Coloring books, comfort dogs and more help students shed stress

First-year-college students’ sense of emotional well-being has dropped, a study shows

Students can color, practice golf shots on a putting green, build with Legos and play video games at the Niagara University library’s “stress-busting station.”

It gets heavy use during finals week, but is set up year round to encourage students to gather with classmates for activities other than cramming for exams, says Debra Colley, the New York university’s executive vice president.

Stress over high-stakes testing and increasingly competitive high school environments grows during the transition to college life and then as new rounds of final exams approach, Colley adds.

“Students are coming here feeling really competitively pressured to do better and better and to do more and more, and it’s never enough,” Colley says. “It’s become this pipeline of anxiety.”

But, coloring? Well, don’t think Mickey Mouse or SpongeBob SquarePants. These students are coloring intricate geometric designs that have become a trendy adult relaxation technique.

Studious students

  • 80% of students surveyed study with friends. Collaborative online studying is gaining traction, but…
  • 53% prefer to study together in person—at someone’s house, at school or at the library
  • 67% say studying together makes learning more fun
  • 60% say it offers a chance to exchange ideas

SOURCE: “Getting to Know Gen Z — Exploring Middle and High Schoolers’ Expectations for Higher Education,” Barnes & Noble College, 2015

Students also got to play with therapy dogs that visited campus during finals week in December. “You can’t hunker down and study and do papers all night,” Colley says. “You want people to do something that takes their minds off that bio-chem exam or that paper.”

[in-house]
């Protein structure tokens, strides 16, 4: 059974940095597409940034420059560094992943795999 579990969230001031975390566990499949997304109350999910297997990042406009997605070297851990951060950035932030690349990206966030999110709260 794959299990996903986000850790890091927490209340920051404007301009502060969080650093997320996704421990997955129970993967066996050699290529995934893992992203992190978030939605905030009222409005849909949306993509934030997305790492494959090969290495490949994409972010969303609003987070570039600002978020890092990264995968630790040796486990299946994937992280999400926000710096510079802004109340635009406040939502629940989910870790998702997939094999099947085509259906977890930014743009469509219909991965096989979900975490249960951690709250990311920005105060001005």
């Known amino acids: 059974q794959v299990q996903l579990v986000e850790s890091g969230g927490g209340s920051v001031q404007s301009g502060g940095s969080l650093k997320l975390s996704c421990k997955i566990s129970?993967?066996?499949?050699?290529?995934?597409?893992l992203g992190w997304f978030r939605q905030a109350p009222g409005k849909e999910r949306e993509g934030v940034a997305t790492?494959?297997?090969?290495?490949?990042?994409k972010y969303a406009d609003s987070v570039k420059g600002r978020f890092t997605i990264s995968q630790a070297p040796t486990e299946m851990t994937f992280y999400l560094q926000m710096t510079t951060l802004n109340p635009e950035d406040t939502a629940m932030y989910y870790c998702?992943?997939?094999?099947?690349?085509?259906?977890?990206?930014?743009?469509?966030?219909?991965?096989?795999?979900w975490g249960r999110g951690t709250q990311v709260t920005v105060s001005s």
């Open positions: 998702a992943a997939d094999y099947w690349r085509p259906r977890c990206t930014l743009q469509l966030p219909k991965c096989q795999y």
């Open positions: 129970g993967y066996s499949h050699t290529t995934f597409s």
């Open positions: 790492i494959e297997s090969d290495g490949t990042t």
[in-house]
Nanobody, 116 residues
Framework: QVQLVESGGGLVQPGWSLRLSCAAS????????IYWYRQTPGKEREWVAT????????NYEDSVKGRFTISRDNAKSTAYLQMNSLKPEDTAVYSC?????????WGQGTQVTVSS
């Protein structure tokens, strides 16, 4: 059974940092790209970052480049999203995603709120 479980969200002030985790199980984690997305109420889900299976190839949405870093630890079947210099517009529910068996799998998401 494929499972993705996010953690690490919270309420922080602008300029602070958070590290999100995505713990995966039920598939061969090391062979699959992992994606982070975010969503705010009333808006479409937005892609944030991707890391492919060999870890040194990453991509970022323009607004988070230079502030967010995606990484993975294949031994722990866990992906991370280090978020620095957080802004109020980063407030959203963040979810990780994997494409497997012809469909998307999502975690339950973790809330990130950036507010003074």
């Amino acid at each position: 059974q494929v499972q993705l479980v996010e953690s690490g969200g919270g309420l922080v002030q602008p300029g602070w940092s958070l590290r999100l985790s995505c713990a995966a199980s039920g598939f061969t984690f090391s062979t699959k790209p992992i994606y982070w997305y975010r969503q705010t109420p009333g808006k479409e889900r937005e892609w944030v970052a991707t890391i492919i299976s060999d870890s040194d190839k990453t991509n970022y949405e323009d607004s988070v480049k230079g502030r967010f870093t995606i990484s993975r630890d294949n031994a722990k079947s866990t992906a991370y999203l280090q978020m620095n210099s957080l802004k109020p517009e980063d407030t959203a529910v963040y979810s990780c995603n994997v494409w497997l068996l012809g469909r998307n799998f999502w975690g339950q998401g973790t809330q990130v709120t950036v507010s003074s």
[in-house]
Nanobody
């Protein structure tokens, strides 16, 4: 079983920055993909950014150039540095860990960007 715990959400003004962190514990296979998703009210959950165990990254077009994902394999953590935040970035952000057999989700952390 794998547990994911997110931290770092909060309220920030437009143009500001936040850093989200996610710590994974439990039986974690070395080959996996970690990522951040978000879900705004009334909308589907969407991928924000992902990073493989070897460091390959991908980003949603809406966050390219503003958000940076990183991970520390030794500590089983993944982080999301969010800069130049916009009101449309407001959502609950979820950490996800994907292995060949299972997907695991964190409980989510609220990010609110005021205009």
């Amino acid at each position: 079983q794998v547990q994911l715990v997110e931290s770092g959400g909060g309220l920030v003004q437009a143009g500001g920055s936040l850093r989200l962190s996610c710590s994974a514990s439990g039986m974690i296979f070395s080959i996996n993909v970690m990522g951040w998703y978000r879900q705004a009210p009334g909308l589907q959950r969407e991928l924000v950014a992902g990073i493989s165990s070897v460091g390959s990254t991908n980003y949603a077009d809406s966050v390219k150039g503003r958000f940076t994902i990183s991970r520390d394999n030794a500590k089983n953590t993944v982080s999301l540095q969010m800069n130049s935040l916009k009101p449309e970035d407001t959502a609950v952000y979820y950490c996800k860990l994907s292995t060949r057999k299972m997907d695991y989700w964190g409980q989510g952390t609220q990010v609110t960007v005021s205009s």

A UCLA Higher Education Research Institute study found that first-year-college students’ sense of emotional well-being has dropped to its lowest level since 1985. And anxiety has eclipsed depression as the top reason students seek counseling, says Denise Ward, associate dean for student services at Macalester College in St. Paul, Minnesota.

As with other institutions, Macalester has made use of a therapy dog to comfort stressed students. Its four-year-old golden retriever, Kevin, visits about 130 students each week. Kevin has his own Facebook page (with 348 likes) and Instagram account (with 387 followers). He even helped one young woman get over her fear of dogs, says Stephanie Walters, Kevin’s owner and Macalester’s medical director.

Need a stress test?

SUNY Geneseo’s website offers a quiz students can take to determine if they are overstressed.

“We’ve worked with facilities, security, student affairs, building managers and any other stakeholder we could think of to make sure people felt safe when they saw Kevin,” Walters says, referring to students who may be uncomfortable around or allergic to dogs.

The campus also hosts “Dog Days” at the end of each semester, where more therapy dogs arrive to help students relax. A stressed student may not have time to attend a workshop about stress, says Ward, “but they can swing by the library and hug a dog for a few minutes. A dog also has a novelty effect which draws students to engage.”

Matt Zalaznick
Matt Zalaznick
Matt Zalaznick is a life-long journalist. Prior to writing for District Administration he worked in daily news all over the country, from the NYC suburbs to the Rocky Mountains, Silicon Valley and the U.S. Virgin Islands. He's also in a band.

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